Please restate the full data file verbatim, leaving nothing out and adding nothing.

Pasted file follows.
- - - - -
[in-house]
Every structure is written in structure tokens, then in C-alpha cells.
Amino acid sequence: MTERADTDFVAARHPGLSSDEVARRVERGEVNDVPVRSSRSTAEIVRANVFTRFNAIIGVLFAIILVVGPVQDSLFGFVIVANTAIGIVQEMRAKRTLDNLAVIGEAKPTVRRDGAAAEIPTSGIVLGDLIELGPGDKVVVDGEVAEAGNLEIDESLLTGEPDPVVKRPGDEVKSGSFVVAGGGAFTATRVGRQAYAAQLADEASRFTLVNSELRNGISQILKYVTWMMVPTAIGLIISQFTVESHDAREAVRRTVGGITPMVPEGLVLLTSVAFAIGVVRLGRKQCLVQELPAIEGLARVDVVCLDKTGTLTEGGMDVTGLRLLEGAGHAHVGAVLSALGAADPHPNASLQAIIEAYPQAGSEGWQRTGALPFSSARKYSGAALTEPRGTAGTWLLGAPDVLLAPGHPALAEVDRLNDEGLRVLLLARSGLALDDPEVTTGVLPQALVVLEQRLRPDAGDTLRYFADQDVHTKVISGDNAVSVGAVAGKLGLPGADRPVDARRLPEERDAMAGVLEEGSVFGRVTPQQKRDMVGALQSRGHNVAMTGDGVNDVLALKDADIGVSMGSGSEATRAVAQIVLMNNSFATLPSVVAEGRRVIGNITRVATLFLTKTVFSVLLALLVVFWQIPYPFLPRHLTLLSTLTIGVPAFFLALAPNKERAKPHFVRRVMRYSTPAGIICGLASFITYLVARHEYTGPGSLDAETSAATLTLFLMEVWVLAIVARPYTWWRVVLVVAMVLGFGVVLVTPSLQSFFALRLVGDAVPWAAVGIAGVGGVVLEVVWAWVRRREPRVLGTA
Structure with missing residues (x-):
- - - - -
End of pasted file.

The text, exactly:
[in-house]
Every structure is written in structure tokens, then in C-alpha cells.
Amino acid sequence: MTERADTDFVAARHPGLSSDEVARRVERGEVNDVPVRSSRSTAEIVRANVFTRFNAIIGVLFAIILVVGPVQDSLFGFVIVANTAIGIVQEMRAKRTLDNLAVIGEAKPTVRRDGAAAEIPTSGIVLGDLIELGPGDKVVVDGEVAEAGNLEIDESLLTGEPDPVVKRPGDEVKSGSFVVAGGGAFTATRVGRQAYAAQLADEASRFTLVNSELRNGISQILKYVTWMMVPTAIGLIISQFTVESHDAREAVRRTVGGITPMVPEGLVLLTSVAFAIGVVRLGRKQCLVQELPAIEGLARVDVVCLDKTGTLTEGGMDVTGLRLLEGAGHAHVGAVLSALGAADPHPNASLQAIIEAYPQAGSEGWQRTGALPFSSARKYSGAALTEPRGTAGTWLLGAPDVLLAPGHPALAEVDRLNDEGLRVLLLARSGLALDDPEVTTGVLPQALVVLEQRLRPDAGDTLRYFADQDVHTKVISGDNAVSVGAVAGKLGLPGADRPVDARRLPEERDAMAGVLEEGSVFGRVTPQQKRDMVGALQSRGHNVAMTGDGVNDVLALKDADIGVSMGSGSEATRAVAQIVLMNNSFATLPSVVAEGRRVIGNITRVATLFLTKTVFSVLLALLVVFWQIPYPFLPRHLTLLSTLTIGVPAFFLALAPNKERAKPHFVRRVMRYSTPAGIICGLASFITYLVARHEYTGPGSLDAETSAATLTLFLMEVWVLAIVARPYTWWRVVLVVAMVLGFGVVLVTPSLQSFFALRLVGDAVPWAAVGIAGVGGVVLEVVWAWVRRREPRVLGTA
Structure with missing residues (x-):